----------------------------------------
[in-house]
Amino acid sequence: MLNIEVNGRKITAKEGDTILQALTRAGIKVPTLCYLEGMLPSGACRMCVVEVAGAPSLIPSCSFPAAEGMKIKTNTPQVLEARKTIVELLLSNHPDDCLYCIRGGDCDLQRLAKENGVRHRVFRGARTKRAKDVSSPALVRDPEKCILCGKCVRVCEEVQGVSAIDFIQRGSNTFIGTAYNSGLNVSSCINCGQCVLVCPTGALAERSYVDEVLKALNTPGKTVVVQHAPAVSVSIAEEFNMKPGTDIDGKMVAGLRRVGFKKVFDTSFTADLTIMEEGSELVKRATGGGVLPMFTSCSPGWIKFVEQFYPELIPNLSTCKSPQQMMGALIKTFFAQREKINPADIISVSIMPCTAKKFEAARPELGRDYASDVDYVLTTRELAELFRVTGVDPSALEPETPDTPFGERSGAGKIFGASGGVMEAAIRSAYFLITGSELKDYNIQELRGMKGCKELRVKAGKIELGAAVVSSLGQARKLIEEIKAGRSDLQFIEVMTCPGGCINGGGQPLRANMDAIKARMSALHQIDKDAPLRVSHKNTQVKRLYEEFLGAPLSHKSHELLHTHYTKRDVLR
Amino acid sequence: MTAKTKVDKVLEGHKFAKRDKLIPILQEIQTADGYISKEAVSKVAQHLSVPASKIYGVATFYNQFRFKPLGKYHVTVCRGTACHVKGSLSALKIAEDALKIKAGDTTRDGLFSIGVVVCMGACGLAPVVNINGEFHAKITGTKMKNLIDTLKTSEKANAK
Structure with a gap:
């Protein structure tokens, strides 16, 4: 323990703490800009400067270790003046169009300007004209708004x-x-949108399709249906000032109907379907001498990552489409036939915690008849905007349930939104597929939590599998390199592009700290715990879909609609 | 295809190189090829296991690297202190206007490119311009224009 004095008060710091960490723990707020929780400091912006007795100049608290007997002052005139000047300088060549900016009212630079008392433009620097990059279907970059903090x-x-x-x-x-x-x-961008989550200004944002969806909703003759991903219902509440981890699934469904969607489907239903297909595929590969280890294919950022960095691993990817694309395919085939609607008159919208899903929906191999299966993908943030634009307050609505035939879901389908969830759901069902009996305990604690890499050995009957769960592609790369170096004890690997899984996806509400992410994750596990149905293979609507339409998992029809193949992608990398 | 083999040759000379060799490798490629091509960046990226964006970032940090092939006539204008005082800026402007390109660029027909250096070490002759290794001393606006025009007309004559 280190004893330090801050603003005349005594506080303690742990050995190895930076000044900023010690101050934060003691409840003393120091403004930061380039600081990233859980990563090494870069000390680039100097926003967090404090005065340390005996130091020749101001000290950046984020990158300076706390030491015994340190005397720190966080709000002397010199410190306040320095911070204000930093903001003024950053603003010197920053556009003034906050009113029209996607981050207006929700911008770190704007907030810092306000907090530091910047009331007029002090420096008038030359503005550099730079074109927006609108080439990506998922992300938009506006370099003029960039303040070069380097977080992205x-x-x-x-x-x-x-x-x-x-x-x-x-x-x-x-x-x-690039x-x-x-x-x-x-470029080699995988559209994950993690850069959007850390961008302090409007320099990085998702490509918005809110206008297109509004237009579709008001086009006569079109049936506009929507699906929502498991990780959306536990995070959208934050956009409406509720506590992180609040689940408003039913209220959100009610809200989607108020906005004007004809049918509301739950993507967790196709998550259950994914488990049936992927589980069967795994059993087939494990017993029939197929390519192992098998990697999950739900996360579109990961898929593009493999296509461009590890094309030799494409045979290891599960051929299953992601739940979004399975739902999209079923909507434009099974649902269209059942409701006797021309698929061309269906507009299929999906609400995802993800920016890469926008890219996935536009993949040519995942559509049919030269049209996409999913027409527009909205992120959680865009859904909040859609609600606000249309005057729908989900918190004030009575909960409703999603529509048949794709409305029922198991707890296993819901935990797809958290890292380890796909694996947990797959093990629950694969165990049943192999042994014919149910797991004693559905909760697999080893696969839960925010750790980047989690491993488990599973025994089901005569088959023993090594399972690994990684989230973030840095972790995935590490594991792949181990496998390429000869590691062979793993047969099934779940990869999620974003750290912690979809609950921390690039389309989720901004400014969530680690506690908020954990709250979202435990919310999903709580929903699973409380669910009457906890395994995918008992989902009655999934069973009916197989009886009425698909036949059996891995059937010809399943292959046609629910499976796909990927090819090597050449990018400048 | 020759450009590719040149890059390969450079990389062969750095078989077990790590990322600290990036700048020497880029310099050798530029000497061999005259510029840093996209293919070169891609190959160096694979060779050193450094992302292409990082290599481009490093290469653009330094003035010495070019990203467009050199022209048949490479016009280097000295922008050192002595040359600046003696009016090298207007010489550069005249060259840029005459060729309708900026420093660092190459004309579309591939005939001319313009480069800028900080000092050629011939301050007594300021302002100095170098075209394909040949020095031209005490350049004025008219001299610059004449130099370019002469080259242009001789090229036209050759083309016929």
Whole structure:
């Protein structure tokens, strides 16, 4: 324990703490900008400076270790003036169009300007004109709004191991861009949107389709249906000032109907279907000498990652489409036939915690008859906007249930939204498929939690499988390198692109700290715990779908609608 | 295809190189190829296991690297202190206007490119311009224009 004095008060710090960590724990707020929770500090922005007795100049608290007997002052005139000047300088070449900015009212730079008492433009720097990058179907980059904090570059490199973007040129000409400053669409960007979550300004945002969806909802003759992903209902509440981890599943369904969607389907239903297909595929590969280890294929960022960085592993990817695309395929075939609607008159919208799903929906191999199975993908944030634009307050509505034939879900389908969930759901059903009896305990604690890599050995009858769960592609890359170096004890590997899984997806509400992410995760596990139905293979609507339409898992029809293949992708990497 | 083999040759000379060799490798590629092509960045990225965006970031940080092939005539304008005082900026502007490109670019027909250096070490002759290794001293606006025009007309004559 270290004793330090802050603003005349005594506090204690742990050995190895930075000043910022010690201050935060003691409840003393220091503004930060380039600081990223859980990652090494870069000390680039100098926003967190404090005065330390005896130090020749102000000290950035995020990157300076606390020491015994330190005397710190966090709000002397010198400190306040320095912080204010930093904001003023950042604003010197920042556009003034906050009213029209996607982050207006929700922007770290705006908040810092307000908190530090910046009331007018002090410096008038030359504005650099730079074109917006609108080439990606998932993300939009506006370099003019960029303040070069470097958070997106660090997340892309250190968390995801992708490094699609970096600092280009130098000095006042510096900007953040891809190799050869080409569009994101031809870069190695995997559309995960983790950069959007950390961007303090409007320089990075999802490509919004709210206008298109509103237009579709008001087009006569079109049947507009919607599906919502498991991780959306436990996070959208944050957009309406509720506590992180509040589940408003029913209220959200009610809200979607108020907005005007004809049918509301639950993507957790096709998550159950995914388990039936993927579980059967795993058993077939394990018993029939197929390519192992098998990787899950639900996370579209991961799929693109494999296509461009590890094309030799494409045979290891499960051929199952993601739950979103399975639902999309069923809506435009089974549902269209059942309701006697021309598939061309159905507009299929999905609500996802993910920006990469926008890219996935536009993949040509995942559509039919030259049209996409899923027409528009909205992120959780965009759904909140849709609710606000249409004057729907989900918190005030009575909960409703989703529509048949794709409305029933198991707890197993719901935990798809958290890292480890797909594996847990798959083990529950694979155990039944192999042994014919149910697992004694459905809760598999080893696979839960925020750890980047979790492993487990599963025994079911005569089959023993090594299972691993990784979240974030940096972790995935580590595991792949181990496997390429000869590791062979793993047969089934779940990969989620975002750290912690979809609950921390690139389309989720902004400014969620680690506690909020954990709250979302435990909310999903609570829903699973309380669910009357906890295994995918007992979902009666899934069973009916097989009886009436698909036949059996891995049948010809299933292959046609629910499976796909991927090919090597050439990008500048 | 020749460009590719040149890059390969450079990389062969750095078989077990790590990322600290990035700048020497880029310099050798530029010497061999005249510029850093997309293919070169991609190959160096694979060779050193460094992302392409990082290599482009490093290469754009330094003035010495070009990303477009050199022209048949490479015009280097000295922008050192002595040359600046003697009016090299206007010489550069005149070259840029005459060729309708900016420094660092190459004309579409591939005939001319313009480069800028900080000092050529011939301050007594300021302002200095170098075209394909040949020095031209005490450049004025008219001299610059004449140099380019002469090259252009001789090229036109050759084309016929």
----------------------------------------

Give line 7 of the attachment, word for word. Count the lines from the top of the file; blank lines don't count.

């Protein structure tokens, strides 16, 4: 324990703490900008400076270790003036169009300007004109709004191991861009949107389709249906000032109907279907000498990652489409036939915690008859906007249930939204498929939690499988390198692109700290715990779908609608 | 295809190189190829296991690297202190206007490119311009224009 004095008060710090960590724990707020929770500090922005007795100049608290007997002052005139000047300088070449900015009212730079008492433009720097990058179907980059904090570059490199973007040129000409400053669409960007979550300004945002969806909802003759992903209902509440981890599943369904969607389907239903297909595929590969280890294929960022960085592993990817695309395929075939609607008159919208799903929906191999199975993908944030634009307050509505034939879900389908969930759901059903009896305990604690890599050995009858769960592609890359170096004890590997899984997806509400992410995760596990139905293979609507339409898992029809293949992708990497 | 083999040759000379060799490798590629092509960045990225965006970031940080092939005539304008005082900026502007490109670019027909250096070490002759290794001293606006025009007309004559 270290004793330090802050603003005349005594506090204690742990050995190895930075000043910022010690201050935060003691409840003393220091503004930060380039600081990223859980990652090494870069000390680039100098926003967190404090005065330390005896130090020749102000000290950035995020990157300076606390020491015994330190005397710190966090709000002397010198400190306040320095912080204010930093904001003023950042604003010197920042556009003034906050009213029209996607982050207006929700922007770290705006908040810092307000908190530090910046009331007018002090410096008038030359504005650099730079074109917006609108080439990606998932993300939009506006370099003019960029303040070069470097958070997106660090997340892309250190968390995801992708490094699609970096600092280009130098000095006042510096900007953040891809190799050869080409569009994101031809870069190695995997559309995960983790950069959007950390961007303090409007320089990075999802490509919004709210206008298109509103237009579709008001087009006569079109049947507009919607599906919502498991991780959306436990996070959208944050957009309406509720506590992180509040589940408003029913209220959200009610809200979607108020907005005007004809049918509301639950993507957790096709998550159950995914388990039936993927579980059967795993058993077939394990018993029939197929390519192992098998990787899950639900996370579209991961799929693109494999296509461009590890094309030799494409045979290891499960051929199952993601739950979103399975639902999309069923809506435009089974549902269209059942309701006697021309598939061309159905507009299929999905609500996802993910920006990469926008890219996935536009993949040509995942559509039919030259049209996409899923027409528009909205992120959780965009759904909140849709609710606000249409004057729907989900918190005030009575909960409703989703529509048949794709409305029933198991707890197993719901935990798809958290890292480890797909594996847990798959083990529950694979155990039944192999042994014919149910697992004694459905809760598999080893696979839960925020750890980047979790492993487990599963025994079911005569089959023993090594299972691993990784979240974030940096972790995935580590595991792949181990496997390429000869590791062979793993047969089934779940990969989620975002750290912690979809609950921390690139389309989720902004400014969620680690506690909020954990709250979302435990909310999903609570829903699973309380669910009357906890295994995918007992979902009666899934069973009916097989009886009436698909036949059996891995049948010809299933292959046609629910499976796909991927090919090597050439990008500048 | 020749460009590719040149890059390969450079990389062969750095078989077990790590990322600290990035700048020497880029310099050798530029010497061999005249510029850093997309293919070169991609190959160096694979060779050193460094992302392409990082290599482009490093290469754009330094003035010495070009990303477009050199022209048949490479015009280097000295922008050192002595040359600046003697009016090299206007010489550069005149070259840029005459060729309708900016420094660092190459004309579409591939005939001319313009480069800028900080000092050529011939301050007594300021302002200095170098075209394909040949020095031209005490450049004025008219001299610059004449140099380019002469090259252009001789090229036109050759084309016929």